Dear Virtual Editor,

Three recent and related events are of general interest, but especially to my fellow Canadians. In late October, shortly before Remembrance Day, Martin Couture-Rouleau rammed a car into two uniformed soldiers in a Quebec parking lot, killing WO Patrice Vincent.  A few days later, Michael Zehaf Bibeau shot and killed Cpl. Nathan Cirillo as he stood ceremonial guard at the National War Memorial in Ottawa.

Canadians were understandably shocked by these two incidents. Remembrance Day, November 11th, is more important to us than Veterans Day is to Americans.  It is a day when most Canadians wear a red poppy in remembrance of military war dead. I am part of a growing campaign that encourages people to also wear a white poppy in remembrance of the millions of innocent civilians who have died in Canada’s wars.

There was a massive outpouring of grief on Remembrance Day this year, as well there should have been, over the murders of WO Vincent and Cpl. Cirillo.  Crowds jammed ceremonies around the country.

The third event was Canada’s joining of the U.S. bombing campaign in Iraq and Syria. Reports indicate that the first Canadian air strike destroyed an ISIS dump truck. Later strikes reportedly took out a warehouse.

7321db8128abe2Canada has been forced to use its old F-18 fighter jets. The Harper government wanted to spend $35-50 billion on neat new F-35’s, but a scandal over how it hid the actual cost from the public has delayed the project.  This government is very good at controlling and hiding information about what it is doing.  Secret negotiations with the U.S. to revive the project are apparently underway, but the F-35’s will be too late for this ill-advised mission.

Even if the government is able to pay for the F-35s by continuing to slash vital services to the Canadian people, it will still be a junior U.S. when it comes to spending money on wars.  American readers should know that you guys are spending $300, 000 an hour on the campaign against ISIS.  It is mind-boggling to consider how much higher that total would be if all those fiscal conservative deficit worriers had not been elected this month. Wait… As Gilda would say… “Never Mind”…  war money is not real money.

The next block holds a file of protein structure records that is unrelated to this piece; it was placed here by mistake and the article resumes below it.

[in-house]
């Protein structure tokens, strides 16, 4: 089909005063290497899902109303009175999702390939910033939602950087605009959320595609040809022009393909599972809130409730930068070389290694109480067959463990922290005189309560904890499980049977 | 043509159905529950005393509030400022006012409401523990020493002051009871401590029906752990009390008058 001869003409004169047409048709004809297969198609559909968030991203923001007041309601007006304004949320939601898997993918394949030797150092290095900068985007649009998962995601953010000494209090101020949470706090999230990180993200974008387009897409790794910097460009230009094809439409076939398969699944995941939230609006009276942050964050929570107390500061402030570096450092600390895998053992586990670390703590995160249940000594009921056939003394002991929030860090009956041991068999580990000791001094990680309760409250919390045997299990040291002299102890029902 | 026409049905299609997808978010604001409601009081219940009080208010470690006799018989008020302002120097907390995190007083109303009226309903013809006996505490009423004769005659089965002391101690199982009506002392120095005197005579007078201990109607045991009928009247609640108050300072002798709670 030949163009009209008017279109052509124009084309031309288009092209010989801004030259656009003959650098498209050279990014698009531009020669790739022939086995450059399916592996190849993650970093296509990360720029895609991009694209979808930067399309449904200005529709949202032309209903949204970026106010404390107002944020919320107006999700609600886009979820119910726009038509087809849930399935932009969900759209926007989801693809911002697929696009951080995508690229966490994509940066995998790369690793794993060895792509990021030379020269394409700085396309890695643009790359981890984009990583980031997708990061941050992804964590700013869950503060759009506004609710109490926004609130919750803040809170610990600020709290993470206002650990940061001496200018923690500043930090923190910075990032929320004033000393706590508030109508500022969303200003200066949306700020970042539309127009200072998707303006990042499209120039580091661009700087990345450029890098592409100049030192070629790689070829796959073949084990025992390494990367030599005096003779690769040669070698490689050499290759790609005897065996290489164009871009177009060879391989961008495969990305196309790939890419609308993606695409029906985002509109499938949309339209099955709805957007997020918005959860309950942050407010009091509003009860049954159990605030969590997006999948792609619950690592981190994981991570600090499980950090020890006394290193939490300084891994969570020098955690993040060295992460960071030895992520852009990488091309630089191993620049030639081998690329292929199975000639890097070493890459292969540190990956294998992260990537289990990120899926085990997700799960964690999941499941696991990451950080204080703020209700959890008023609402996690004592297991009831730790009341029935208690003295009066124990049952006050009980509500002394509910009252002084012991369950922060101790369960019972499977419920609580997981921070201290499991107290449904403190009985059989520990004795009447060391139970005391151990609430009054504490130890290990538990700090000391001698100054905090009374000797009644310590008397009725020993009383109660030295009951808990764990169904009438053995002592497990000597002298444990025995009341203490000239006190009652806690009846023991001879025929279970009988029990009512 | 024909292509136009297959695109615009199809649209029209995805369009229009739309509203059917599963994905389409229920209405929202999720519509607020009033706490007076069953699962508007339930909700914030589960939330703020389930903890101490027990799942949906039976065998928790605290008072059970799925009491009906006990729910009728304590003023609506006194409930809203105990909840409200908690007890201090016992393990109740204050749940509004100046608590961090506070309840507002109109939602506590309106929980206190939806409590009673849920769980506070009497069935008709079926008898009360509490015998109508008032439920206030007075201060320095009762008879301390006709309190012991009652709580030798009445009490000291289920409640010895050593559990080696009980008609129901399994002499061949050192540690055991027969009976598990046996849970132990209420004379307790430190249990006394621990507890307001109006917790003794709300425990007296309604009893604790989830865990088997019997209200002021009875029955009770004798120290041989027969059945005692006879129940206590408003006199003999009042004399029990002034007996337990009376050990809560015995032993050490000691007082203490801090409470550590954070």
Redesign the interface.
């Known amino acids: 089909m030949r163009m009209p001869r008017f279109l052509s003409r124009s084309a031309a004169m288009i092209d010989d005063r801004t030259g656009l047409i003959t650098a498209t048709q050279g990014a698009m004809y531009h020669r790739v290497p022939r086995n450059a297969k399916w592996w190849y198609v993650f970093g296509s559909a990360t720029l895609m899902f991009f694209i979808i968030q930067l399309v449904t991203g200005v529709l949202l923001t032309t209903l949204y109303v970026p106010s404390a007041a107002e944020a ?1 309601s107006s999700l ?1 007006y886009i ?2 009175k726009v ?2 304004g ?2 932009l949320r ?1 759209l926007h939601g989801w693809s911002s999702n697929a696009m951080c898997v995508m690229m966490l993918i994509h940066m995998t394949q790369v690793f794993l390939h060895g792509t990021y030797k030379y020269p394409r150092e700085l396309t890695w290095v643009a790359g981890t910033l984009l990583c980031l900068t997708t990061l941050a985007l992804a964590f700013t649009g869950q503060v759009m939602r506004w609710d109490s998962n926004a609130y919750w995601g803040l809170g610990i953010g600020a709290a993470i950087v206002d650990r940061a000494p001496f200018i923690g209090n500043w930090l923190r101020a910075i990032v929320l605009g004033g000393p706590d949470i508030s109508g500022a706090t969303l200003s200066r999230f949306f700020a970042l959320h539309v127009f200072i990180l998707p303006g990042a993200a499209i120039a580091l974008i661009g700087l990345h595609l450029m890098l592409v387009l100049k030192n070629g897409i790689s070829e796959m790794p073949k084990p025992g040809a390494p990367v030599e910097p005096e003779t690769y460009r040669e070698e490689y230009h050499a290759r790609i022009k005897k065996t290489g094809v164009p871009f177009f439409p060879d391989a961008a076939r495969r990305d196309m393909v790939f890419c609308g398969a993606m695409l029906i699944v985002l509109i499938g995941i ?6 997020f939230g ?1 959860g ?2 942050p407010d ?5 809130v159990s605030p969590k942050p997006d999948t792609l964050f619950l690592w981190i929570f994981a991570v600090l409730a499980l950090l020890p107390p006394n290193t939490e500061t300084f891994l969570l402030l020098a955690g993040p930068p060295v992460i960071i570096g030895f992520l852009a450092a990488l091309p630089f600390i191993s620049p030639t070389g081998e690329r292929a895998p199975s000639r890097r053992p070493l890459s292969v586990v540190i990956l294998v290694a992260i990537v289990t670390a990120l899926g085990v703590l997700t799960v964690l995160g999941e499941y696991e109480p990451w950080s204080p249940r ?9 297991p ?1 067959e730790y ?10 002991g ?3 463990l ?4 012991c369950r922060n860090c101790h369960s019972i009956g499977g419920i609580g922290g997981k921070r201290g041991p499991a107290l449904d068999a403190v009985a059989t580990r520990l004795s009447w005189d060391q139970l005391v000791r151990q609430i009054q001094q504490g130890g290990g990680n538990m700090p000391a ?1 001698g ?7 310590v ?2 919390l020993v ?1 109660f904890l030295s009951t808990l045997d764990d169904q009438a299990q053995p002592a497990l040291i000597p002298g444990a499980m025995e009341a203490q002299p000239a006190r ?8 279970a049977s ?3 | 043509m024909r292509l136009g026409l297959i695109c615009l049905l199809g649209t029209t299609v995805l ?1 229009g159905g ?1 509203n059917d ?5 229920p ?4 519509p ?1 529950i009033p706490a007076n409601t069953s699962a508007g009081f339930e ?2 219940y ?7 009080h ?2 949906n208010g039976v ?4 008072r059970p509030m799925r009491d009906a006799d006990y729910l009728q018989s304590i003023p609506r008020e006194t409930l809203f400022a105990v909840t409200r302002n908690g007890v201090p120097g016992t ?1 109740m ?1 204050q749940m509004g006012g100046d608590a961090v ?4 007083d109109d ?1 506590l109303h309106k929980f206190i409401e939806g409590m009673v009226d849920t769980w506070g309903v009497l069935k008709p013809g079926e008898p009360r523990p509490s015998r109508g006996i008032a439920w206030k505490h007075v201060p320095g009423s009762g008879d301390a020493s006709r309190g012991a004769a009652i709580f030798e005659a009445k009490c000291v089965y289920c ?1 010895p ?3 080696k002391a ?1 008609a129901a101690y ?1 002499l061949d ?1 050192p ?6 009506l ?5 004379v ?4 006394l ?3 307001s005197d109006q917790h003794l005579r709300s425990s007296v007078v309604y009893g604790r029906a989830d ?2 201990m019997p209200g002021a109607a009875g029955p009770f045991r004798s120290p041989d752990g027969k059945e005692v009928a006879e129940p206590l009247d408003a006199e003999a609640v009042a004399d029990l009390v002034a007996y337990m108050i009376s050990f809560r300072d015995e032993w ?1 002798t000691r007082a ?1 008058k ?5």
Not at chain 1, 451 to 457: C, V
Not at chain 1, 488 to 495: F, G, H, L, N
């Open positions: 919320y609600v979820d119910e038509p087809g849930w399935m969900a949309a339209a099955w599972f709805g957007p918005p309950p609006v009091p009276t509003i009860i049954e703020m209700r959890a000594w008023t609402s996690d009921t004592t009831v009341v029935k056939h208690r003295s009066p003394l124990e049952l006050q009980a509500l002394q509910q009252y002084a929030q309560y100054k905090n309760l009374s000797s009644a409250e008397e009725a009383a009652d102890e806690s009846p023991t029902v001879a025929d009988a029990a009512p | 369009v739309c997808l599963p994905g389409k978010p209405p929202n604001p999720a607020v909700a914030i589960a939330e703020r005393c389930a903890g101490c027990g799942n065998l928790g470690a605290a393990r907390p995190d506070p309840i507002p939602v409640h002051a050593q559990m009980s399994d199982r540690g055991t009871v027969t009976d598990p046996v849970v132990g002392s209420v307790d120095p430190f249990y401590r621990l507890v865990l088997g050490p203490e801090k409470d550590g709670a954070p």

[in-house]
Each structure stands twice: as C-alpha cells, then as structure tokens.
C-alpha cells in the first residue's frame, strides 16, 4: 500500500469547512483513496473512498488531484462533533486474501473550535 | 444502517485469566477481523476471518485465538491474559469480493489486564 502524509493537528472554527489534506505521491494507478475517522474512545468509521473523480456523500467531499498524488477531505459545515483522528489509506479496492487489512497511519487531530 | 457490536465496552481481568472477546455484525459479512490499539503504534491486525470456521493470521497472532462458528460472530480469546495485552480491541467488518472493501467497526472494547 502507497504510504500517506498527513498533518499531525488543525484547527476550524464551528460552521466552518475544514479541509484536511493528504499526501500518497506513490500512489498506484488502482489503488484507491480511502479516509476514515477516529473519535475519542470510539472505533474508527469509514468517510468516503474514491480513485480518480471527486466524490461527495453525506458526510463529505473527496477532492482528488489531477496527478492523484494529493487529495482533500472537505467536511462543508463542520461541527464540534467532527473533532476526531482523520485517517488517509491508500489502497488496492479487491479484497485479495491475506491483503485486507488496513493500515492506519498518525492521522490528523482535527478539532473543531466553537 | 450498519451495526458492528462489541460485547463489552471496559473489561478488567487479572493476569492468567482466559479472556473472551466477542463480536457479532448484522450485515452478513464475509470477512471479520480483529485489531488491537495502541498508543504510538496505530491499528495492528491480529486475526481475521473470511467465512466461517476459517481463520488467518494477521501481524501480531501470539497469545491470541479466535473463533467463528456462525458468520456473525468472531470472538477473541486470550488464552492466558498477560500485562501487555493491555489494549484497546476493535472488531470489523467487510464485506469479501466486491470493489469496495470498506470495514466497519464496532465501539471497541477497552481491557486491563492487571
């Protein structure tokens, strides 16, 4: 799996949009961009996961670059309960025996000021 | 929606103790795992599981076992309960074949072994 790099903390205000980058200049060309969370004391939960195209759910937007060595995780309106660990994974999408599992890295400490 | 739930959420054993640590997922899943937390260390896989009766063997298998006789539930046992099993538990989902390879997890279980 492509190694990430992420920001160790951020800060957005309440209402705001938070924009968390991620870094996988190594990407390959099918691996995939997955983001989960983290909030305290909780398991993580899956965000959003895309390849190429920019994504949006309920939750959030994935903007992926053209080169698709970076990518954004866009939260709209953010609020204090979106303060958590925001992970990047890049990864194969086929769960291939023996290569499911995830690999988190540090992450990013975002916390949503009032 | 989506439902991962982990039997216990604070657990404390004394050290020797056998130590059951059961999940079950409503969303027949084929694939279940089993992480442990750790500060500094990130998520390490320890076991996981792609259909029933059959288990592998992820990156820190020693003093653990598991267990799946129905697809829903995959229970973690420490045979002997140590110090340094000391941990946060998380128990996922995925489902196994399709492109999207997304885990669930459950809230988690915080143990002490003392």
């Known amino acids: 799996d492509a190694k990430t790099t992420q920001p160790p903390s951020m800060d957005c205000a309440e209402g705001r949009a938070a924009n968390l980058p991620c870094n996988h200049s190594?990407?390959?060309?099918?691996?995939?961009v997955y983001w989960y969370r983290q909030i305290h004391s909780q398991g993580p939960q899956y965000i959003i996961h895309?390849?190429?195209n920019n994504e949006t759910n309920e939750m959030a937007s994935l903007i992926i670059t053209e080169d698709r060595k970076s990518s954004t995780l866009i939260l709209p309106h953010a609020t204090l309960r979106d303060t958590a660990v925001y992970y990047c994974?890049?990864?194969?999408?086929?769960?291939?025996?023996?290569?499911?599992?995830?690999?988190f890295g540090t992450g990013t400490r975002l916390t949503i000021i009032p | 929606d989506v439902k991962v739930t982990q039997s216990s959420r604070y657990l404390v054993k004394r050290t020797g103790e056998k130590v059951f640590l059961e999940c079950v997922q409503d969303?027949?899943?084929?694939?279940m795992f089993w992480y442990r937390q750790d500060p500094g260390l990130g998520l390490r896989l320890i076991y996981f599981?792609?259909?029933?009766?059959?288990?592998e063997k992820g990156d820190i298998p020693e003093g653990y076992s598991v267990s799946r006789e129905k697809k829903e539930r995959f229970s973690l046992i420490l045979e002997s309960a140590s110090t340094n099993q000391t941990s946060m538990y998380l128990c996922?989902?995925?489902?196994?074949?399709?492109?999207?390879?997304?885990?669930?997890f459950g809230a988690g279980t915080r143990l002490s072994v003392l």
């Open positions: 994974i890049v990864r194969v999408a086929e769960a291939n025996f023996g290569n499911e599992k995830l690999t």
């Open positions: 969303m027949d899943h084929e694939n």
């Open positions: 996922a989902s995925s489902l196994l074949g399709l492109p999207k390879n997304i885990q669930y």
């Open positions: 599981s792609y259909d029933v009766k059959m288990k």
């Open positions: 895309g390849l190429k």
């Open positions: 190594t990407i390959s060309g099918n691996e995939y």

What connects these events?

To justify the continuing effort to be the junior U.S. military, the Harper propaganda spin is the same as it was for the now-lost war in Afghanistan: (1) The (delete Taliban, insert ISIS) are horrible people. (2) Joining the U.S. to kill some of them in another part of the world will make us safer here.  The first statement is quite true. The problem is that claiming it as a justification for making war violates every principle of international law, never mind that we pick and choose among horrible people, welcoming some of them as allies and friends. (At last count, the Saudis had a big lead in beheadings.)

The second statement is demonstrably false.  Forget the lawlessness for a moment.  Forget the immorality.  Will all this violence make anyone safer?  Will bombing dump trucks, warehouses, and people in Iraq really reduce the numbers of those willing to run down a soldier in a parking lot or shoot a guard at a monument?  The opposite is true. Those actions are an example of exactly how not to make a country safer.  Overlooked parts of the story of the killers helps to explain why.

michael-zehaf-bibeau1Most of the headlines concerned the crime of Michael Bibeau.  The symbolism was stunning. The national capital. The War Memorial.  Bibeau even made it inside the Parliament building where none other than the Sergeant at Arms shot him. It was a hell of a story, fully justifying massive coverage.  That coverage revealed three probable motivations. Unfortunately, two of them have been largely overlooked.

Media attention focused immediately on the fact that the two killers were Muslim and the government promptly tabled legislation to restrict even more of what liberty is left to all Canadians.  Just about everyone began referring to Bibeau as a “terrorist”, and the killing as an act of “terrorism”.   (Props to Opposition Leader Thomas Mulcair for at least challenging this and calling it a criminal act, not terrorism.)